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STC Membership’s Tangible Benefits

150 150 David Dick

I was laid off in July because of budget cutbacks. On the last day of work, I received a call from a recruiter asking if I could meet with a client who was convinced that I was the right candidate for the job.  To my surprise, the interviewer was an STC member, had read my writing samples, and liked them. I was hired on the spot.

Being an STC member was advantageous, but it wasn’t the only reason I was hired. I also applied what I learned from reading Intercom about adding value and how to improve my skills.

As technical writers, we are expected to learn how to use new tools and technologies in order to write user guides.  We should also be savvy users in order to train coworkers so that they too can become savvy users, which is what I always do.

Potential employers contact current and past managers and coworkers. That’s why you should always perform above expectations and make a positive impression with everyone. In my case, a recommendation from a former manager and project manager not only convinced the recruiter that I was the best candidate for the job, but also gave me the leverage to negotiate more money than I was previously earning.

The market has more technical writers than jobs. Earning an STC Certified Professional Technical Communicator (CPTC) certification shows your commitment to enhancing your knowledge of the profession. I am studying to take the CPTC exam and said so on my resume.  Don’t limit your certification goals to just the CPTC; earn certifications in the domain that you currently work, as well as in areas in which you want to work in the future.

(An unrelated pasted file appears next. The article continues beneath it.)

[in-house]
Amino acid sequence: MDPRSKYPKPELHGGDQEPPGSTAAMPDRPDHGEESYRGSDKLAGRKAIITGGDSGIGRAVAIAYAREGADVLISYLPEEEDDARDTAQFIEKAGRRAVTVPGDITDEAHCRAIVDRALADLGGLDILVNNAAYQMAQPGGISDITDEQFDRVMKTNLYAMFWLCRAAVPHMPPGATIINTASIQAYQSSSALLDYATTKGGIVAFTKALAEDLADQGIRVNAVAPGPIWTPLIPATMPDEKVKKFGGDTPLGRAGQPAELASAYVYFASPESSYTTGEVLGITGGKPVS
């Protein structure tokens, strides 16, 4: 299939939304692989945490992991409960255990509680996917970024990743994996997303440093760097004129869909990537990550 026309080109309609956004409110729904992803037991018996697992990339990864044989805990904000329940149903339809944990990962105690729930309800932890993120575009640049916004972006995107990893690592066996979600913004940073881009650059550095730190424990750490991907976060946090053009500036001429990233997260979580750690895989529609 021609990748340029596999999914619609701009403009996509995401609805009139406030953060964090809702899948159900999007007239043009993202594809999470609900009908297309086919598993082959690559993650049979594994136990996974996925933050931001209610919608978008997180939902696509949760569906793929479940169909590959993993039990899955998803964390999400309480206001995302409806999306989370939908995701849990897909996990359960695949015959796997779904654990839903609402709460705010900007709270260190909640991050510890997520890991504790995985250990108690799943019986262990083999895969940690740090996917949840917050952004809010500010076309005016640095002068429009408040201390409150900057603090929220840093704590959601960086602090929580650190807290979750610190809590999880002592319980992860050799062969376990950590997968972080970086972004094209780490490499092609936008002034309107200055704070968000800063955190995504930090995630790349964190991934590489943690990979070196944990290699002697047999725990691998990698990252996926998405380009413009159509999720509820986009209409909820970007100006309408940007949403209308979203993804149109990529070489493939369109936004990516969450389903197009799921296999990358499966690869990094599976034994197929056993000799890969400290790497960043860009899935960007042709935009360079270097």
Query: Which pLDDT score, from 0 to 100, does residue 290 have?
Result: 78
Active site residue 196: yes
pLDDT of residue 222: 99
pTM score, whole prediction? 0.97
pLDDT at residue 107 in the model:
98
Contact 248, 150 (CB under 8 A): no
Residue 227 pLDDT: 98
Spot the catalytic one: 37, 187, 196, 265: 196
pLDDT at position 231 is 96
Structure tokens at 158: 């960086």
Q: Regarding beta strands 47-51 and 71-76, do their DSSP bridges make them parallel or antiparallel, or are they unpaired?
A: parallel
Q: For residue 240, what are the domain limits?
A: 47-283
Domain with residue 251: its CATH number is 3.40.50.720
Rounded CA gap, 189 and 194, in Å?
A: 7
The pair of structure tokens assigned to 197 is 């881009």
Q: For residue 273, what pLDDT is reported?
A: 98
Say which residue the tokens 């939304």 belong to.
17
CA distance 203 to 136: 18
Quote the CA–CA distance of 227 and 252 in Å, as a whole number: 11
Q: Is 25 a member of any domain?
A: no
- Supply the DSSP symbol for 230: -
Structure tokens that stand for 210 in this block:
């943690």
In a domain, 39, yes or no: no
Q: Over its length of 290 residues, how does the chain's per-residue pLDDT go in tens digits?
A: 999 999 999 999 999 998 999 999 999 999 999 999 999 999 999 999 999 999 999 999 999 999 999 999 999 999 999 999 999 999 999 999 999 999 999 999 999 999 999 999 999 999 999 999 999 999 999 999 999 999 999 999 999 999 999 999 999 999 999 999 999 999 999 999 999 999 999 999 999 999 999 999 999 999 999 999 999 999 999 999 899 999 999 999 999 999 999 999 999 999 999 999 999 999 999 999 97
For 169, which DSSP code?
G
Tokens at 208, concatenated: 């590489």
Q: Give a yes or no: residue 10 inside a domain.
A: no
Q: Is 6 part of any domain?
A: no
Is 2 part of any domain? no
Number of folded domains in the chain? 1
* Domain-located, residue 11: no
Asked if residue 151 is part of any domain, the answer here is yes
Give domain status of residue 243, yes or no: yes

Although potential employers don’t always request writing samples, I always provide them. My writing samples are articles published in Intercom and chapter newsletters. Because non-disclosure agreements prevent me from giving clients’ documents to third parties without their permission, having writing samples from Intercom is invaluable. Interviewers should be suspicious about the ethics of technical writers who violate non-disclosure agreements.

I credit my success as a technical writer (and my new job) to my active involvement in the STC and taking advantage of its professional development opportunities.

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